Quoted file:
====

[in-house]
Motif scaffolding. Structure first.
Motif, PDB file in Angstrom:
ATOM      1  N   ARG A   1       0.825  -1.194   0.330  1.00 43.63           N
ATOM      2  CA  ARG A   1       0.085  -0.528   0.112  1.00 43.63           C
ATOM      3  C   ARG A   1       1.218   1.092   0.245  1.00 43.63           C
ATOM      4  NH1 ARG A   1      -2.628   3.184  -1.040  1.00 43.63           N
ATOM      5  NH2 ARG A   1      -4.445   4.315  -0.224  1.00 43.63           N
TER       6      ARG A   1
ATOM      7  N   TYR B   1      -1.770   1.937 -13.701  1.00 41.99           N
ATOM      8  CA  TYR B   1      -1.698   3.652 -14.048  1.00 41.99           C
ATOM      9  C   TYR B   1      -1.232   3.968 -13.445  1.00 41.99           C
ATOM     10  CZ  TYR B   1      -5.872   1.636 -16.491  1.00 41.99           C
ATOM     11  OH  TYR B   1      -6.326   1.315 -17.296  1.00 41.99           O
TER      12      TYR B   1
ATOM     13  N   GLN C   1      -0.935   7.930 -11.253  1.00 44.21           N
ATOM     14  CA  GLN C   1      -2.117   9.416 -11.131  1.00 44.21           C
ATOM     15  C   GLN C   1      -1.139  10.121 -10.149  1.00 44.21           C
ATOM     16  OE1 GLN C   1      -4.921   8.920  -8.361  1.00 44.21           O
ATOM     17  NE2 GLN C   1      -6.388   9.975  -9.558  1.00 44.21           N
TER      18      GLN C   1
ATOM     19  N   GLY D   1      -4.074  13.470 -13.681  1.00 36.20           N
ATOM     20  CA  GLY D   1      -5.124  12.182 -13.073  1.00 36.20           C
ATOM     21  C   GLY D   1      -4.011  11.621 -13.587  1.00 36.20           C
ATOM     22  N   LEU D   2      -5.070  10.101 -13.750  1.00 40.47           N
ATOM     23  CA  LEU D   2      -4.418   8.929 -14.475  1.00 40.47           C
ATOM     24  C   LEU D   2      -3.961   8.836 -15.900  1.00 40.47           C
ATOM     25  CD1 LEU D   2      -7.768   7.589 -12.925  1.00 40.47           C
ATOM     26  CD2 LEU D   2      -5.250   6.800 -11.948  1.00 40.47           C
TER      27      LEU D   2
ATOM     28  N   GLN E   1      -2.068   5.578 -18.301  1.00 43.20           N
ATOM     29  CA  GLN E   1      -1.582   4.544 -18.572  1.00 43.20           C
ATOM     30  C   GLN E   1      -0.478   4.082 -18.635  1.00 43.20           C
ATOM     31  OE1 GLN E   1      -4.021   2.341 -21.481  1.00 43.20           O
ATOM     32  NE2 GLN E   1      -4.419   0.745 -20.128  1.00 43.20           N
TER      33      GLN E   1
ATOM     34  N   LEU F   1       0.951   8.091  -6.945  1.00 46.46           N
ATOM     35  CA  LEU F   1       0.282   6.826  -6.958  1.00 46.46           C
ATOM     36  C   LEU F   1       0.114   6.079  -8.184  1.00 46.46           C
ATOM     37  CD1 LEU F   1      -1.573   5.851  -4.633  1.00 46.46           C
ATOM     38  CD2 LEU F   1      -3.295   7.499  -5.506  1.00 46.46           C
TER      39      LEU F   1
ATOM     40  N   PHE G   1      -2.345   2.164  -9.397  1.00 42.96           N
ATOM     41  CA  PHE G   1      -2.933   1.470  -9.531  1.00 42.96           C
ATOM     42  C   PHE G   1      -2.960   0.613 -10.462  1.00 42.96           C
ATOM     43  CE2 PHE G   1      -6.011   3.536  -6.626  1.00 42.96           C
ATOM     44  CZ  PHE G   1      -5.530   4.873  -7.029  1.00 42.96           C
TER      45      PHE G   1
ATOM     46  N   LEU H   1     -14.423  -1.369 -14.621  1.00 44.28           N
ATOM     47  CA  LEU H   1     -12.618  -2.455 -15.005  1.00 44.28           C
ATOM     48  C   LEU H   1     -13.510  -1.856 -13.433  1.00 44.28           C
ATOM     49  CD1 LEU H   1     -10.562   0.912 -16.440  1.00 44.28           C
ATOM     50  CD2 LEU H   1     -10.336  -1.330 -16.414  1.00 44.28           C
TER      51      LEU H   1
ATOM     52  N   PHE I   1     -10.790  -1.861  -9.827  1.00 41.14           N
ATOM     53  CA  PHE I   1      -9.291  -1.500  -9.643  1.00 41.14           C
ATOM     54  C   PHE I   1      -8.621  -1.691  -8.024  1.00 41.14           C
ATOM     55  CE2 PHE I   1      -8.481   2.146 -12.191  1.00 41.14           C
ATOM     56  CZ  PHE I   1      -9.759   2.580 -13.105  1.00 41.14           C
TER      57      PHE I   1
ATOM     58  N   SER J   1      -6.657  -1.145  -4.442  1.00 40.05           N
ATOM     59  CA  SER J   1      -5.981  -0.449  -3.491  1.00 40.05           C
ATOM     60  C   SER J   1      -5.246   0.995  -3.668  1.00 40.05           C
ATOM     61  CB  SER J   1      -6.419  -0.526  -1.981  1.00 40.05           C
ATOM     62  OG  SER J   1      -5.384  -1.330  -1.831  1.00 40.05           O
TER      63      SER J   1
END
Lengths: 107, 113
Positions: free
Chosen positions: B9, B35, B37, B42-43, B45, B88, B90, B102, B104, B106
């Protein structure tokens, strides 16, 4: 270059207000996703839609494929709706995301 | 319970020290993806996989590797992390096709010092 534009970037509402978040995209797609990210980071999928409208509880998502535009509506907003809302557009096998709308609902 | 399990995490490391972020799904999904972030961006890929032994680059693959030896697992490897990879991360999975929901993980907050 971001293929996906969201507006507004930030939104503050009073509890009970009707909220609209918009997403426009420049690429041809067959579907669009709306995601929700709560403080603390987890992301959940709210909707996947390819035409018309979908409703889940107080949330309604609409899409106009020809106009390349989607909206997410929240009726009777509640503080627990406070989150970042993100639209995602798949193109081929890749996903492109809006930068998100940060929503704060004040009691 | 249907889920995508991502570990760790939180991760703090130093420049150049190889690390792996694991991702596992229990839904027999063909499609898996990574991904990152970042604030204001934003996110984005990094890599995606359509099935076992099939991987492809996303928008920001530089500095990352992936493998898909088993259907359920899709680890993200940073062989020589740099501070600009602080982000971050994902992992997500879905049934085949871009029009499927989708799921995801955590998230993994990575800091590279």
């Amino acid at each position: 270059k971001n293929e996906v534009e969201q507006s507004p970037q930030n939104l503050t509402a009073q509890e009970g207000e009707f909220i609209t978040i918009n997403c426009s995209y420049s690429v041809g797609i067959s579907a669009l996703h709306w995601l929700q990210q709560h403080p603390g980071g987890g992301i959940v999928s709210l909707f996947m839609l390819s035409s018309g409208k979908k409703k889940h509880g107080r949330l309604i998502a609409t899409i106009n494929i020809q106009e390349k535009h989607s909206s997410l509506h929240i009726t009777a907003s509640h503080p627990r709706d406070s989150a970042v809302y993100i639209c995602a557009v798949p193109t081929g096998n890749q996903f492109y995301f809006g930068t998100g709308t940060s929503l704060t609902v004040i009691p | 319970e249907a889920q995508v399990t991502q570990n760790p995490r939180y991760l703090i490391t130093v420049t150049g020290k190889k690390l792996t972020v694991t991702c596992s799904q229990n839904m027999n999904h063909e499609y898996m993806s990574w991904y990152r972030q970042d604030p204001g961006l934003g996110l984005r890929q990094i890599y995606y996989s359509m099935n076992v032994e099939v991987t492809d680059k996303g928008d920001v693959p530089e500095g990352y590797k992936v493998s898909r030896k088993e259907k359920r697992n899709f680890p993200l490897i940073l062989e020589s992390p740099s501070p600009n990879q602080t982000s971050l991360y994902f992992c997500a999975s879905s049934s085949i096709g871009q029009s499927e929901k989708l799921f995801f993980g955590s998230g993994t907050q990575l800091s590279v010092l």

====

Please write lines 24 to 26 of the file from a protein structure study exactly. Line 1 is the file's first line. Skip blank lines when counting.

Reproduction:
ATOM     21  C   GLY D   1      -4.011  11.621 -13.587  1.00 36.20           C
ATOM     22  N   LEU D   2      -5.070  10.101 -13.750  1.00 40.47           N
ATOM     23  CA  LEU D   2      -4.418   8.929 -14.475  1.00 40.47           C